One of Centennial Water and Sanitation District’s biggest users cut its outdoor irrigation usage almost in half over a two-year period by updating sprinkler systems and implementing drought-resistant landscaping.
Wind Crest, a senior living community on 85 acres in Highlands Ranch, was using over 33 million gallons of water on outdoor irrigation in 2020, which put them in the top five biggest water users in the district, according to Centennial Water Conservation Specialist Paige McFarland.
So Wind Crest and Centennial Water partnered to conduct an irrigation analysis, which looked for inefficiencies, like sprinklers spraying sidewalks or spraying too long. The analysis prompted Wind Crest’s resident action council to endorse a project to address water usage, resident Sara Jo Light said.
“We wanted to raise the bar and be consistent with efforts in the state,” Light said.
With the data from the analysis and overwhelming resident approval, Wind Crest began the process of switching out its irrigation system for a more water-friendly one. The changes made resulted in a savings of more than 15 million gallons in 2022, or a reduction of 45% from 2020.
With over a thousand sprinkler heads on the property and some as old as 15 years, replacing the system was no easy task. Wind Crest’s Senior Facilities Director Andrea Simmons said it was a team effort over the course of several months.
“We did a lot of customizing and a lot of assessments, so we are hitting the grass areas, are we overshooting into the rocks or watering the sidewalk,” she said.
In addition, the community built 16 native-species gardens last year and, this year, will add a pollinator garden and begin to change out its landscape from turf to remediated soil, native grasses, drought-resistant trees and wildflowers.
“Now going forward, we do a master landscape plan and start looking at what areas of grass we can start cutting back, so that’s what we’ll focus on this year,” Simmons said. “We’re hoping to keep seeing our (water usage) numbers decreasing because it was shocking to see the difference.”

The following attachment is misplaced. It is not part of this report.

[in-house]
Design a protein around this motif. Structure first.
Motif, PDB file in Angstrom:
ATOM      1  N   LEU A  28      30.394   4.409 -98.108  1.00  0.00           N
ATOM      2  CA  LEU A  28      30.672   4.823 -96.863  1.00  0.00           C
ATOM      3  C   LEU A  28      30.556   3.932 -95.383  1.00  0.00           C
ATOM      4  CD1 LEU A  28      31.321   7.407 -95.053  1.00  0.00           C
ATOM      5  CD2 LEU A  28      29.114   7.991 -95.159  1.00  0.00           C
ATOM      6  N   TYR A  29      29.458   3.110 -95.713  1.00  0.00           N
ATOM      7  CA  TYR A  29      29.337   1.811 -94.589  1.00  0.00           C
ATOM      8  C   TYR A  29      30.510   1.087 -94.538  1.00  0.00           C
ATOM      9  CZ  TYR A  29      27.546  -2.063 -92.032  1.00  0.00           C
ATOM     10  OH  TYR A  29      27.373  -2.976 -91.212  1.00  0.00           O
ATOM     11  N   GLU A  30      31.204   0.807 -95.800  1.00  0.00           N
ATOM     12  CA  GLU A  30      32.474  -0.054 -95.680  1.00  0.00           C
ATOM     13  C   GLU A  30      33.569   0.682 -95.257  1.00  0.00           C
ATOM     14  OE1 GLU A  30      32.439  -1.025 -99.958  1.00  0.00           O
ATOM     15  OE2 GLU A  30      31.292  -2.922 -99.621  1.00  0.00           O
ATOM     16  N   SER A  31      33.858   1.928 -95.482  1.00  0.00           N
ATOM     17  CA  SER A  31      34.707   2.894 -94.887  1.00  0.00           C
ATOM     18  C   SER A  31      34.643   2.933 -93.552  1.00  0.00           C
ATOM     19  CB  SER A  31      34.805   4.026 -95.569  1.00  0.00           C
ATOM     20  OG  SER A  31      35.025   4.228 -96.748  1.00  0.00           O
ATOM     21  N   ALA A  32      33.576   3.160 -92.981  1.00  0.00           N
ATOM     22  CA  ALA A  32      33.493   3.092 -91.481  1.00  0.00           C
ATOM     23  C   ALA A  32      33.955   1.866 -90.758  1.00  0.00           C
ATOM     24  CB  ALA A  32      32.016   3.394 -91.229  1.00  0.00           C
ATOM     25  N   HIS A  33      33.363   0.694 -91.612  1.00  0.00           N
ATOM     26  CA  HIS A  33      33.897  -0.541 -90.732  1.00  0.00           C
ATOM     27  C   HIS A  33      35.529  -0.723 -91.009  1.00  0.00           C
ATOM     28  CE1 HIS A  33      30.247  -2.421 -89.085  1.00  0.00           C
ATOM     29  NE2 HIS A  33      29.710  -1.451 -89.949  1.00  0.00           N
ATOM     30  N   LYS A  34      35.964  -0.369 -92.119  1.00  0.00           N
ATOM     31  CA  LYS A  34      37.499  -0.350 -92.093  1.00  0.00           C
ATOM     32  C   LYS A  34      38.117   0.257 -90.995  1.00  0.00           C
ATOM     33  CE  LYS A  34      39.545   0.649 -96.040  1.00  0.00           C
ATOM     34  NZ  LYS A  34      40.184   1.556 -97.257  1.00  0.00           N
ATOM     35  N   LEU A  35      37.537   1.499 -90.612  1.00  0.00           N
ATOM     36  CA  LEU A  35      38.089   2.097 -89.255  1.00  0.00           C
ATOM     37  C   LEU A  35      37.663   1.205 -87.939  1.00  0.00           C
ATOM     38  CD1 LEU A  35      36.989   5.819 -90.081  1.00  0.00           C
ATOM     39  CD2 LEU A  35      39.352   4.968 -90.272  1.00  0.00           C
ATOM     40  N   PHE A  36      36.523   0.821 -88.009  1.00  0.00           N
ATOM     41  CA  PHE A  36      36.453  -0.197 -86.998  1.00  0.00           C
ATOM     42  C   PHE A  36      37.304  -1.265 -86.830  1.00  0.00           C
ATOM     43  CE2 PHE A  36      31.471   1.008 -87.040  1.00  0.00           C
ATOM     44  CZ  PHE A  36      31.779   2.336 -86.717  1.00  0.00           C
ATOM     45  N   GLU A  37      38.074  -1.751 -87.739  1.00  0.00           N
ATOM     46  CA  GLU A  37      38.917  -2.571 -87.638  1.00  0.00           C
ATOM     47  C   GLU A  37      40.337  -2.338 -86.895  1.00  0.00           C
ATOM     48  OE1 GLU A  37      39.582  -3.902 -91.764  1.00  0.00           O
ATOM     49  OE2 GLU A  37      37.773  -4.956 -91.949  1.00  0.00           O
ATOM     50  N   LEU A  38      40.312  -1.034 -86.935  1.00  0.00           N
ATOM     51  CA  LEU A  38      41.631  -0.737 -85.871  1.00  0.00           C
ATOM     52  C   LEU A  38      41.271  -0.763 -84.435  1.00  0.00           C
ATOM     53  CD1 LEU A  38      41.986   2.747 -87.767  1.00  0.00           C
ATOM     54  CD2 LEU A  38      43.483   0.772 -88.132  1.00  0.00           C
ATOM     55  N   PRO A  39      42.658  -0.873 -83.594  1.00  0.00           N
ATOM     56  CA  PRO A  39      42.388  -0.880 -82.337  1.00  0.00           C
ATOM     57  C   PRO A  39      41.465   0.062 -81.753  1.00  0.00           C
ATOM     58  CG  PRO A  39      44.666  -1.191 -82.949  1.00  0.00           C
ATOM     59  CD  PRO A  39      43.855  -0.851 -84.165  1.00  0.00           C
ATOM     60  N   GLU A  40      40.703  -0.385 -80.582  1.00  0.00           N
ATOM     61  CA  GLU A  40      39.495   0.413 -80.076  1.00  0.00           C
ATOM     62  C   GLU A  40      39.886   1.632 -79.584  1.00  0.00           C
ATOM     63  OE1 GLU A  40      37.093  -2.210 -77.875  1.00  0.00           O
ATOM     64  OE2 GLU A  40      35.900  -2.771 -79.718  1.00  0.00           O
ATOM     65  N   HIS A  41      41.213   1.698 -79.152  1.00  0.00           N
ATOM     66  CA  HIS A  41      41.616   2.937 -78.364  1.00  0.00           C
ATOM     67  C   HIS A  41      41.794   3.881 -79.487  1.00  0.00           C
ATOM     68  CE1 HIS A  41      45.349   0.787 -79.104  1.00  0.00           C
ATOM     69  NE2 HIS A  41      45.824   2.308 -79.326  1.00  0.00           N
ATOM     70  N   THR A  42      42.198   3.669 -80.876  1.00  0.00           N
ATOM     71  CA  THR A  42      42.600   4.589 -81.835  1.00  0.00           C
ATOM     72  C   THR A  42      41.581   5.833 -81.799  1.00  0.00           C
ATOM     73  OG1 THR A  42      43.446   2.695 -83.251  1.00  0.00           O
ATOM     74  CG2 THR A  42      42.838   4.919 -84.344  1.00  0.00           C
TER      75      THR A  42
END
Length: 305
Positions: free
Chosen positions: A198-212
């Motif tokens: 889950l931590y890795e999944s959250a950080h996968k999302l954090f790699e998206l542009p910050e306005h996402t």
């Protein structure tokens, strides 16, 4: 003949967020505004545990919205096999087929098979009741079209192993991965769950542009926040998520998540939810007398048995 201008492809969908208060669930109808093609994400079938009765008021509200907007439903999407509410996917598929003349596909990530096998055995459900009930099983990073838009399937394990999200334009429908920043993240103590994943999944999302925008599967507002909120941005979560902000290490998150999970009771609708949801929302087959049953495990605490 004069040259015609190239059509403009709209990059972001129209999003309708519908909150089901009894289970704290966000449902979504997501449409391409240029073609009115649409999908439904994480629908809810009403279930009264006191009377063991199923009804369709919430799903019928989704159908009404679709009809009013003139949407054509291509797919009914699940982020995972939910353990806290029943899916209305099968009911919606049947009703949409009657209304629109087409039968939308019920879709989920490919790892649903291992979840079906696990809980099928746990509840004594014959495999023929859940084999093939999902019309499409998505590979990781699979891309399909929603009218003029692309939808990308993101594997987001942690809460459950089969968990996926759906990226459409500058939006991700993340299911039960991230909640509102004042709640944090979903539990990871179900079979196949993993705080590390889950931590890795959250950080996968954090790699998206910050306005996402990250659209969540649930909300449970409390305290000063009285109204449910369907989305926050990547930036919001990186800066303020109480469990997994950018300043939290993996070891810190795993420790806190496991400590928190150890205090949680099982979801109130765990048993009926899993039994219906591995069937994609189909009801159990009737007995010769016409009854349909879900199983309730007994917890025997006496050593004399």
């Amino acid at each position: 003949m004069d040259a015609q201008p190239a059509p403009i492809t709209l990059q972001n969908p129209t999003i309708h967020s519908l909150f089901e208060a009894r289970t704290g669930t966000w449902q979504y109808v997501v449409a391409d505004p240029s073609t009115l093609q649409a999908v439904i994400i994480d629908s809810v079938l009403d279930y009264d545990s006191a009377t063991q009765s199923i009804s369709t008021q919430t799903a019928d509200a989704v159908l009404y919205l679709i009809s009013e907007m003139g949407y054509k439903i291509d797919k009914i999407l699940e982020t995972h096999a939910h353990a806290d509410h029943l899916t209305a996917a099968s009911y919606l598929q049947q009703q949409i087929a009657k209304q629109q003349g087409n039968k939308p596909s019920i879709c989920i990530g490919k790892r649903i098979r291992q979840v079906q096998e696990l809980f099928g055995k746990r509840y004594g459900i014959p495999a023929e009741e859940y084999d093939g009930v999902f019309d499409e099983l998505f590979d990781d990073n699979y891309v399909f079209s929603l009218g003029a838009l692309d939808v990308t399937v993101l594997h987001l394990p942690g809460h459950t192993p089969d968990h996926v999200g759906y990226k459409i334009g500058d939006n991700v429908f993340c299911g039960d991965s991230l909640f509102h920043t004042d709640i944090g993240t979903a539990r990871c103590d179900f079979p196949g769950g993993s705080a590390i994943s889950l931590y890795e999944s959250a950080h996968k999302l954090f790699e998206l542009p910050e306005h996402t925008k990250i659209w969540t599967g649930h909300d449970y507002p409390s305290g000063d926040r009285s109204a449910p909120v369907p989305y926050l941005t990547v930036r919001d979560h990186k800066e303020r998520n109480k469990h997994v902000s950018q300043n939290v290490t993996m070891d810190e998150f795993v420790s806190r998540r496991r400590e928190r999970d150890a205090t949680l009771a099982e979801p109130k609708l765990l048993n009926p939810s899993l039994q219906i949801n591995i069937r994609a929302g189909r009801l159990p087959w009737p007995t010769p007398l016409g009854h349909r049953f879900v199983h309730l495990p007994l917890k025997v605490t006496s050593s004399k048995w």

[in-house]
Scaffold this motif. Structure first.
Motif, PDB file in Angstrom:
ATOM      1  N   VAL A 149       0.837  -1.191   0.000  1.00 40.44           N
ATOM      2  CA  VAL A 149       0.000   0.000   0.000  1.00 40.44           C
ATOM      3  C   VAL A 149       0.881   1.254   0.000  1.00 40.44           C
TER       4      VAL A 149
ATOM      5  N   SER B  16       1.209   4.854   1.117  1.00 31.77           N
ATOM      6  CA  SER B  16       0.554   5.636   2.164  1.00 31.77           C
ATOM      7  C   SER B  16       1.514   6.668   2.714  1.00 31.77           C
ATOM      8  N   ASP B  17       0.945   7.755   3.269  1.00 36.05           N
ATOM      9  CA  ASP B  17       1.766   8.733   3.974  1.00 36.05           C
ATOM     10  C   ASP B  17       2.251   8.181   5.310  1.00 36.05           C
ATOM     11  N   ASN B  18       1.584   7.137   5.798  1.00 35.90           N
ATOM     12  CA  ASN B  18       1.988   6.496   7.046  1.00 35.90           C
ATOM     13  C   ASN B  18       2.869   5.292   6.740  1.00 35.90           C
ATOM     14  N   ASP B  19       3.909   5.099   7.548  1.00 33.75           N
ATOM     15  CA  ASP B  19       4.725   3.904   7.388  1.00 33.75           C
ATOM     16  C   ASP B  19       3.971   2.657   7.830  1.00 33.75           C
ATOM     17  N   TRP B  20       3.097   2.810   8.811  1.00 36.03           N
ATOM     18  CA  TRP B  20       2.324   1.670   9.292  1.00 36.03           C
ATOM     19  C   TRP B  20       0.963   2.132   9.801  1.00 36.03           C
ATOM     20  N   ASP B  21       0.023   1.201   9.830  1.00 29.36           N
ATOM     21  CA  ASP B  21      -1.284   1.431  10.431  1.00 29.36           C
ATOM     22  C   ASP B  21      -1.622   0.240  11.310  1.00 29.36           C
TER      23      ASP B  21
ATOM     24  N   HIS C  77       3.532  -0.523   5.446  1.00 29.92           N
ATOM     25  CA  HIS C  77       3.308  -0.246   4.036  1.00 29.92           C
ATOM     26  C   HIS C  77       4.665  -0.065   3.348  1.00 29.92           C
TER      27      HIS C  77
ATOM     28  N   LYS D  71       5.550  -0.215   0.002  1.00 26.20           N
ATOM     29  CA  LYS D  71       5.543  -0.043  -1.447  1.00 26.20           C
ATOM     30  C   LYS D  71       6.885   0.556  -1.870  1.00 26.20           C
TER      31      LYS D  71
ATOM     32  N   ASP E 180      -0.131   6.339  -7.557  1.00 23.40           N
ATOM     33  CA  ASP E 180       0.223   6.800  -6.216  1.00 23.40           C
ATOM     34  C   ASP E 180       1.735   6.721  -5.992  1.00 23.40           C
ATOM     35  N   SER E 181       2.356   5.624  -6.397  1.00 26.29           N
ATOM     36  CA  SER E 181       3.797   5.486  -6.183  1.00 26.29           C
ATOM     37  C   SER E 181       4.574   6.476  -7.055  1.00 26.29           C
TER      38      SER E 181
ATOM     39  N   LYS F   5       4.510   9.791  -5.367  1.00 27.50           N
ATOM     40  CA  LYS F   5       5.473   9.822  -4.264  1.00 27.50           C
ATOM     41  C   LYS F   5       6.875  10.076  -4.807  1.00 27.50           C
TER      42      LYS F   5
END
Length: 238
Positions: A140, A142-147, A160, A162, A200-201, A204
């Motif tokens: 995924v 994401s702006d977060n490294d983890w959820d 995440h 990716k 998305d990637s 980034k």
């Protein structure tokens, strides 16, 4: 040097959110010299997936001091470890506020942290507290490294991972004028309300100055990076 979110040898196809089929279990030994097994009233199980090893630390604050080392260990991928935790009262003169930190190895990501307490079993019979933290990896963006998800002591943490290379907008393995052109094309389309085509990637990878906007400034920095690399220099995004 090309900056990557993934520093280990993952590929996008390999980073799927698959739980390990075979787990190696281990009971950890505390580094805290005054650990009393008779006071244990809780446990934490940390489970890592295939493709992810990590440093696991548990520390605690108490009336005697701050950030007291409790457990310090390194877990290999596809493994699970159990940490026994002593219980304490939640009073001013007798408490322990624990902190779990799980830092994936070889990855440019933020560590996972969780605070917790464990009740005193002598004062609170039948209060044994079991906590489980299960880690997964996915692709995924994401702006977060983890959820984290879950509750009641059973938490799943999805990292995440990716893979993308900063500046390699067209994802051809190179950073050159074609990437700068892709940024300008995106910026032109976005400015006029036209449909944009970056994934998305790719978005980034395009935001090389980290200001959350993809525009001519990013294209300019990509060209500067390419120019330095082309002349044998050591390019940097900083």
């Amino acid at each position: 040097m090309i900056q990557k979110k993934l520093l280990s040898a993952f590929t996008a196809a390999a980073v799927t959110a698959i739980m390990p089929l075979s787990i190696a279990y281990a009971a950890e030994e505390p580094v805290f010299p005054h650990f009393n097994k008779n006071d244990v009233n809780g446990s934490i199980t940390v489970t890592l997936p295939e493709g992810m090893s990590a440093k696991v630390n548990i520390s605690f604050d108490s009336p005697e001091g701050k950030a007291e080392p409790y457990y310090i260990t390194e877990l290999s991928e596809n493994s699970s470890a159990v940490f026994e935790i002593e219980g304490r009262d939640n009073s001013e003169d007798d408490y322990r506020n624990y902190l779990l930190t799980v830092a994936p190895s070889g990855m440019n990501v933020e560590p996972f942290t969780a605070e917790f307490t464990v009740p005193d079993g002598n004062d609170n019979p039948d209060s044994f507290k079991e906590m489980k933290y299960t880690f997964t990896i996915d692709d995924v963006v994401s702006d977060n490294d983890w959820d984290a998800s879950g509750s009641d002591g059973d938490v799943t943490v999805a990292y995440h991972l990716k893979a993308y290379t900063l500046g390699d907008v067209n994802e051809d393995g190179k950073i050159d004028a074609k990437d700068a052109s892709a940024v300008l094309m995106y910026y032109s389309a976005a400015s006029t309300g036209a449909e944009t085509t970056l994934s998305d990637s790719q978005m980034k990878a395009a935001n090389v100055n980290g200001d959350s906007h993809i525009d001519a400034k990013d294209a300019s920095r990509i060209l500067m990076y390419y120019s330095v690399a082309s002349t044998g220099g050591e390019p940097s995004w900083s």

McFarland said outdoor irrigation typically accounts for roughly half of the district’s annual water use, so changes to watering systems and landscaping can make a huge impact.
“There’s a multitude of benefits beyond water conservation and water conservation is just the beginning of having a more sustainable landscape,” she said.
To support those efforts, Centennial Water offers annual funding for homeowners associations to conduct irrigation analyses, like Wind Crest, on a first come, first serve basis. This year, Centennial Water budgeted $90,000 for irrigation analyses.
The irrigation analysis helps water users pinpoint the big issues and prioritize changes, McFarland added.
“It helps know where to begin because we can’t solve a problem if we can’t see what all the issues are,” she said. “It’s important to be an example and for everyone to equally do their part in relation to the amount of water they use.”
Being an example for other homeowner’s associations is why Light felt compelled to share the success at Wind Crest.
“I would love to see our property be a role model for all of Highlands Ranch,” Light said. “Our tagline for the project was ‘Protect the land, ensure your legacy.’”